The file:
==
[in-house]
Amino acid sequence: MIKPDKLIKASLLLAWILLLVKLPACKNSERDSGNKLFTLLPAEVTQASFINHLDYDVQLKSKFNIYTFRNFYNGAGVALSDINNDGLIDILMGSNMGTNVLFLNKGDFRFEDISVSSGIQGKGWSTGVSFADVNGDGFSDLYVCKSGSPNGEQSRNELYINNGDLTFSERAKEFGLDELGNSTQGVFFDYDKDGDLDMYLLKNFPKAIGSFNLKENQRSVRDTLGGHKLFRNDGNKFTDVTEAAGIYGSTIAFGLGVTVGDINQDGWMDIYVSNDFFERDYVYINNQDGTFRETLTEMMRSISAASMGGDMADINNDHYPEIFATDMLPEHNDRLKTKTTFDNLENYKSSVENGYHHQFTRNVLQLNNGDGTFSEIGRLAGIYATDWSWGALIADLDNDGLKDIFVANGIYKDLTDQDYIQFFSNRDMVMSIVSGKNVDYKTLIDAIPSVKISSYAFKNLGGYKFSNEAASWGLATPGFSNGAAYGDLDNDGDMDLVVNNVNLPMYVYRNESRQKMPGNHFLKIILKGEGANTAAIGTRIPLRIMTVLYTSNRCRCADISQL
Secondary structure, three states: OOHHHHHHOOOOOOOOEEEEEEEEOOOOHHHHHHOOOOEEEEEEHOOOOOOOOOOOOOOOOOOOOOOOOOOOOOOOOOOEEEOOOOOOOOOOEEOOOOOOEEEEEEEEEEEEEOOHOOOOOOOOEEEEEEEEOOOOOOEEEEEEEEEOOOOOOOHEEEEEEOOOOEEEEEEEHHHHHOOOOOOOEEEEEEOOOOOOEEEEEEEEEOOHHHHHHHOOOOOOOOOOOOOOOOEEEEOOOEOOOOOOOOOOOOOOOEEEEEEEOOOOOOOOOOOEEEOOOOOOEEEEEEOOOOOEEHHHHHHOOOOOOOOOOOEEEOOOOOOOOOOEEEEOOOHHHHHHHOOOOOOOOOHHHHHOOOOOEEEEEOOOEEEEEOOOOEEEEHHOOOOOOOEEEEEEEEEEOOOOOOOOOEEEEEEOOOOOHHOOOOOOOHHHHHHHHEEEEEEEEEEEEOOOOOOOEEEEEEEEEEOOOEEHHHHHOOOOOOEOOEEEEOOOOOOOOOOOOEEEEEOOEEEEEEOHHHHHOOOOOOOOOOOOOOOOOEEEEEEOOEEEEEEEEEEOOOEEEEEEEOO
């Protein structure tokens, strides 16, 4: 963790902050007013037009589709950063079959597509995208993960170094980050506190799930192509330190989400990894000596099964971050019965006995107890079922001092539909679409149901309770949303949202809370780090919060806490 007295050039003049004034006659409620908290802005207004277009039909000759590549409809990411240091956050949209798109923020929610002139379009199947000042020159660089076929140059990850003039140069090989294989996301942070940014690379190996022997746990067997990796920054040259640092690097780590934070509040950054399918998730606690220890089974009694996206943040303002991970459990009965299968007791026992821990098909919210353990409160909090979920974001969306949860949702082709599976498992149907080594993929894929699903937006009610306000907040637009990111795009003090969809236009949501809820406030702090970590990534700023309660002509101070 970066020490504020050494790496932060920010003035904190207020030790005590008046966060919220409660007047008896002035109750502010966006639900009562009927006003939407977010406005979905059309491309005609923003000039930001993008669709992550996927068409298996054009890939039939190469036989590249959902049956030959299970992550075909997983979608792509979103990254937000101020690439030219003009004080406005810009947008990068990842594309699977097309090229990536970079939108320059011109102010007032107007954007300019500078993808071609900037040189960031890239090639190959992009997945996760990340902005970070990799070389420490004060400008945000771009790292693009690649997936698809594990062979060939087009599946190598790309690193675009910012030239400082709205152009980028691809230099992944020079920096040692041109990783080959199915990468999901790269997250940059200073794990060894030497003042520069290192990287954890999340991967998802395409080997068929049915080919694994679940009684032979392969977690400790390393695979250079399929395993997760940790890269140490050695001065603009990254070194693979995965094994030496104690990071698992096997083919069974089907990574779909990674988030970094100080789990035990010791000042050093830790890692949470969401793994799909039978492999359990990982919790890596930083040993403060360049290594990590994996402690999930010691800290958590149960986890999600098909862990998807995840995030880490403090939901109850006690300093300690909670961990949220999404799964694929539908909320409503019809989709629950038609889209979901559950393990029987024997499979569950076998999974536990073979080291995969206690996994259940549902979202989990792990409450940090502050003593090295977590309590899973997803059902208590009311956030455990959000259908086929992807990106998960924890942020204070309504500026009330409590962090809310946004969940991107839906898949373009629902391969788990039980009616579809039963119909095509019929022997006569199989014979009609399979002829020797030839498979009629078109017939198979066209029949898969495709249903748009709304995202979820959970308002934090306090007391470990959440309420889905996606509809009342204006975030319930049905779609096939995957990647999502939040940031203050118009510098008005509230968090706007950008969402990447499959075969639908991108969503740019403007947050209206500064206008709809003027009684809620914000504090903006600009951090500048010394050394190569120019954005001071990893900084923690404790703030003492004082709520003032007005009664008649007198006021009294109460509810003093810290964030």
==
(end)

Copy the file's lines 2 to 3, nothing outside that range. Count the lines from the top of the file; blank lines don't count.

Amino acid sequence: MIKPDKLIKASLLLAWILLLVKLPACKNSERDSGNKLFTLLPAEVTQASFINHLDYDVQLKSKFNIYTFRNFYNGAGVALSDINNDGLIDILMGSNMGTNVLFLNKGDFRFEDISVSSGIQGKGWSTGVSFADVNGDGFSDLYVCKSGSPNGEQSRNELYINNGDLTFSERAKEFGLDELGNSTQGVFFDYDKDGDLDMYLLKNFPKAIGSFNLKENQRSVRDTLGGHKLFRNDGNKFTDVTEAAGIYGSTIAFGLGVTVGDINQDGWMDIYVSNDFFERDYVYINNQDGTFRETLTEMMRSISAASMGGDMADINNDHYPEIFATDMLPEHNDRLKTKTTFDNLENYKSSVENGYHHQFTRNVLQLNNGDGTFSEIGRLAGIYATDWSWGALIADLDNDGLKDIFVANGIYKDLTDQDYIQFFSNRDMVMSIVSGKNVDYKTLIDAIPSVKISSYAFKNLGGYKFSNEAASWGLATPGFSNGAAYGDLDNDGDMDLVVNNVNLPMYVYRNESRQKMPGNHFLKIILKGEGANTAAIGTRIPLRIMTVLYTSNRCRCADISQL
Secondary structure, three states: OOHHHHHHOOOOOOOOEEEEEEEEOOOOHHHHHHOOOOEEEEEEHOOOOOOOOOOOOOOOOOOOOOOOOOOOOOOOOOOEEEOOOOOOOOOOEEOOOOOOEEEEEEEEEEEEEOOHOOOOOOOOEEEEEEEEOOOOOOEEEEEEEEEOOOOOOOHEEEEEEOOOOEEEEEEEHHHHHOOOOOOOEEEEEEOOOOOOEEEEEEEEEOOHHHHHHHOOOOOOOOOOOOOOOOEEEEOOOEOOOOOOOOOOOOOOOEEEEEEEOOOOOOOOOOOEEEOOOOOOEEEEEEOOOOOEEHHHHHHOOOOOOOOOOOEEEOOOOOOOOOOEEEEOOOHHHHHHHOOOOOOOOOHHHHHOOOOOEEEEEOOOEEEEEOOOOEEEEHHOOOOOOOEEEEEEEEEEOOOOOOOOOEEEEEEOOOOOHHOOOOOOOHHHHHHHHEEEEEEEEEEEEOOOOOOOEEEEEEEEEEOOOEEHHHHHOOOOOOEOOEEEEOOOOOOOOOOOOEEEEEOOEEEEEEOHHHHHOOOOOOOOOOOOOOOOOEEEEEEOOEEEEEEEEEEOOOEEEEEEEOO